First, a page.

It all comes down to a woman named Helena Stoeckley, or potentially the “girl in the floppy hat,” someone that an officer that night claimed to have seen near the scene, and someone who confessed over and over again over subsequent years to having been there that night. Despite Stoeckley’s confessions and the Article 32 hearing, the justice department went after Macdonald, convicting him of multiple murders in 1979. He’s still behind bars, professing his innocence.
There’s clearly enough room for reasonable doubt in this case, which is likely what attracted Errol Morris to it, and it’s fascinating to hear him openly admit that he was hoping for something similar to happen with The Wilderness of Error to what happened with “The Thin Blue Line,” his brilliant documentary that led to the release of an innocent man. But what’s even more interesting is that Morris himself would agree that this case isn’t nearly as cut and dry as that one. Over the five episodes of “A Wilderness of Error,” you will go back and forth on Macdonald’s guilt. Why did he say that he stopped CPR on his wife because of a chest wound she didn’t actually have? Why was he so relatively unharmed? Why did murdering hippies not bring their own weapons and use a glove? And the blood trail evidence doesn’t fit his story. On the other hand, why did Stoeckley confess so many times? Why did another man suspected of being there, confess in writing on a wall? Why did people in the area claim to have seen Stoeckley in the floppy hat that night?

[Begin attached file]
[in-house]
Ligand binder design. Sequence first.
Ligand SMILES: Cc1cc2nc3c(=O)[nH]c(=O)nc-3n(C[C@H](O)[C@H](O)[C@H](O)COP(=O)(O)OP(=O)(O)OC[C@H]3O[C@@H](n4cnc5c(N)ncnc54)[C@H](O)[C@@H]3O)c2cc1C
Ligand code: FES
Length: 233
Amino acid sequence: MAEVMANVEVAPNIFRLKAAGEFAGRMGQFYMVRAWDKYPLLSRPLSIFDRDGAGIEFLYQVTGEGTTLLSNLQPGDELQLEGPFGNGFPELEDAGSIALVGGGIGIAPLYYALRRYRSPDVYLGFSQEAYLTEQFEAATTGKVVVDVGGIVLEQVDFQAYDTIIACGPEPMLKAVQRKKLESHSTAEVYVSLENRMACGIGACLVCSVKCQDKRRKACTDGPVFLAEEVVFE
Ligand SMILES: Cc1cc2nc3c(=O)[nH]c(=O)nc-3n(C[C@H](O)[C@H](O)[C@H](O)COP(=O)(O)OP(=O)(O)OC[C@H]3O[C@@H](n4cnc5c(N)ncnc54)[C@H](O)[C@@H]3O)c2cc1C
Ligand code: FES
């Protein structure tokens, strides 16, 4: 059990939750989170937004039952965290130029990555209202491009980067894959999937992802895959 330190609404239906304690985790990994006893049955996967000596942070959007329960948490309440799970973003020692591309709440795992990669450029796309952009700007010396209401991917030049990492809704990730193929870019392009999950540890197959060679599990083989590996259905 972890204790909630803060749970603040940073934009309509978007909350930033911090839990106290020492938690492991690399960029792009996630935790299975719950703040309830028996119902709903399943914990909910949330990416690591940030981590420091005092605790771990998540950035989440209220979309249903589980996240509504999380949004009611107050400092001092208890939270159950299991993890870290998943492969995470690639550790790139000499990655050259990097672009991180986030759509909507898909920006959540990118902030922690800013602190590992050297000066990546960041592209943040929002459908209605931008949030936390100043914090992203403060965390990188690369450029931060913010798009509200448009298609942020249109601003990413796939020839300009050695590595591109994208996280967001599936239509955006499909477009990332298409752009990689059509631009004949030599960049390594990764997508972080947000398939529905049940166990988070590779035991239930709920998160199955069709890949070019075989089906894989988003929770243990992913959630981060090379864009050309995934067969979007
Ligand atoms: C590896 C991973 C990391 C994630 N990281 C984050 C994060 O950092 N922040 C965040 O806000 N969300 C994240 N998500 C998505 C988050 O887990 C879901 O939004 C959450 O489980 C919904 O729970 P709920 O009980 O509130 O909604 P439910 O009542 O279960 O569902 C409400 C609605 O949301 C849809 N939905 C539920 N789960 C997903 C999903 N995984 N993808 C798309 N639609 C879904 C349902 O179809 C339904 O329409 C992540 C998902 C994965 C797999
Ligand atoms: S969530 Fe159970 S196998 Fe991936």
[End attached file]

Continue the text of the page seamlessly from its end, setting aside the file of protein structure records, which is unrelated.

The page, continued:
None of it makes sense, which makes for great documentary television, and this Blumhouse production is polished and refined. We are always fascinated by the cases that will never be completely solved—Jack the Ripper, The Zodiac Killer, JonBenet Ramsey. And director Marc Smerling, working closely with Morris as an interview subject in the FX series, captures the swirl of narratives in this particular case with tight editing and expert construction. Smerling produced “Capturing the Friedmans” and “The Jinx,” so he knows how to take these complex stories and make them engaging and easy to follow. And yet he’s also willing, like Morris, to get lost in them, as confused as we are about the truth. This is smart, challenging docuseries filmmaking that maybe could have benefitted from being one episode shorter, but it doesn’t drag nearly as much as some other 2020 true crime series. Smerling and Morris are great partners here, and I loved just watching Morris wrestle with his own role in this story now in the final chapter, as he helped lead an appeal attempt in 2012.
“A Wilderness of Error” is a reminder that when so many competing stories start to fight for the same space, the truth gets further and further away instead of closer. And it feels like the truth of what happened that night a half-century ago is more lost in the wilderness than ever before.